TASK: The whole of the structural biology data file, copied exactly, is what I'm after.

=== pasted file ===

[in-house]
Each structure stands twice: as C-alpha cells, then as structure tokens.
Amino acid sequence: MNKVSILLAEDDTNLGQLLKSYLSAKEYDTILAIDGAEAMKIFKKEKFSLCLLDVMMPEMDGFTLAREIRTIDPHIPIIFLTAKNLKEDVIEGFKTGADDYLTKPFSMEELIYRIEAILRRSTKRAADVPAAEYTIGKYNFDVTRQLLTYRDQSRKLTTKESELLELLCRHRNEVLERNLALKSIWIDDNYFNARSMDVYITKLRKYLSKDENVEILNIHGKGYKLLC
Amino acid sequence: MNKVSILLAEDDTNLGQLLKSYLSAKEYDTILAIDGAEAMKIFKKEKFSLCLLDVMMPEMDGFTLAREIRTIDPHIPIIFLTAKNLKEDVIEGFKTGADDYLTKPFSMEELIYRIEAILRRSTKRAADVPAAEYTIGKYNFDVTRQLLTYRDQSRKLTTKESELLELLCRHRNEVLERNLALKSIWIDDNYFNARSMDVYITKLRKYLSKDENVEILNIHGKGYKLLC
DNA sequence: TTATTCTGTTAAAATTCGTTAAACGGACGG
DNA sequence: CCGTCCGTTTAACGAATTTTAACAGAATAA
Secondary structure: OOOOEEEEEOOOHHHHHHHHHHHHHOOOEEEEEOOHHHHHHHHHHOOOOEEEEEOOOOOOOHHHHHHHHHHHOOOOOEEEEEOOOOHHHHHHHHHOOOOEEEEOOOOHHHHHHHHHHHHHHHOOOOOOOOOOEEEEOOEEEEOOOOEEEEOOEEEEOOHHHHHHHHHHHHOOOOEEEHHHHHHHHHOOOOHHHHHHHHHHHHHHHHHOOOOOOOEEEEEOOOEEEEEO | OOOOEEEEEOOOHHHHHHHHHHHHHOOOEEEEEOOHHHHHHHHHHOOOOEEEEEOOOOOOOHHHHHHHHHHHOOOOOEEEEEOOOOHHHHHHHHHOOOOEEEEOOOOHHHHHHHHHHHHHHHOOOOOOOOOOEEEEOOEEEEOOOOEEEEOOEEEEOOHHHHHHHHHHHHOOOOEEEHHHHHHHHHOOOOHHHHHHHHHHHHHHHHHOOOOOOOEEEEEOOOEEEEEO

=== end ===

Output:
[in-house]
Each structure stands twice: as C-alpha cells, then as structure tokens.
Amino acid sequence: MNKVSILLAEDDTNLGQLLKSYLSAKEYDTILAIDGAEAMKIFKKEKFSLCLLDVMMPEMDGFTLAREIRTIDPHIPIIFLTAKNLKEDVIEGFKTGADDYLTKPFSMEELIYRIEAILRRSTKRAADVPAAEYTIGKYNFDVTRQLLTYRDQSRKLTTKESELLELLCRHRNEVLERNLALKSIWIDDNYFNARSMDVYITKLRKYLSKDENVEILNIHGKGYKLLC
Amino acid sequence: MNKVSILLAEDDTNLGQLLKSYLSAKEYDTILAIDGAEAMKIFKKEKFSLCLLDVMMPEMDGFTLAREIRTIDPHIPIIFLTAKNLKEDVIEGFKTGADDYLTKPFSMEELIYRIEAILRRSTKRAADVPAAEYTIGKYNFDVTRQLLTYRDQSRKLTTKESELLELLCRHRNEVLERNLALKSIWIDDNYFNARSMDVYITKLRKYLSKDENVEILNIHGKGYKLLC
DNA sequence: TTATTCTGTTAAAATTCGTTAAACGGACGG
DNA sequence: CCGTCCGTTTAACGAATTTTAACAGAATAA
Secondary structure: OOOOEEEEEOOOHHHHHHHHHHHHHOOOEEEEEOOHHHHHHHHHHOOOOEEEEEOOOOOOOHHHHHHHHHHHOOOOOEEEEEOOOOHHHHHHHHHOOOOEEEEOOOOHHHHHHHHHHHHHHHOOOOOOOOOOEEEEOOEEEEOOOOEEEEOOEEEEOOHHHHHHHHHHHHOOOOEEEHHHHHHHHHOOOOHHHHHHHHHHHHHHHHHOOOOOOOEEEEEOOOEEEEEO | OOOOEEEEEOOOHHHHHHHHHHHHHOOOEEEEEOOHHHHHHHHHHOOOOEEEEEOOOOOOOHHHHHHHHHHHOOOOOEEEEEOOOOHHHHHHHHHOOOOEEEEOOOOHHHHHHHHHHHHHHHOOOOOOOOOOEEEEOOEEEEOOOOEEEEOOEEEEOOHHHHHHHHHHHHOOOOEEEHHHHHHHHHOOOOHHHHHHHHHHHHHHHHHOOOOOOOEEEEEOOOEEEEEO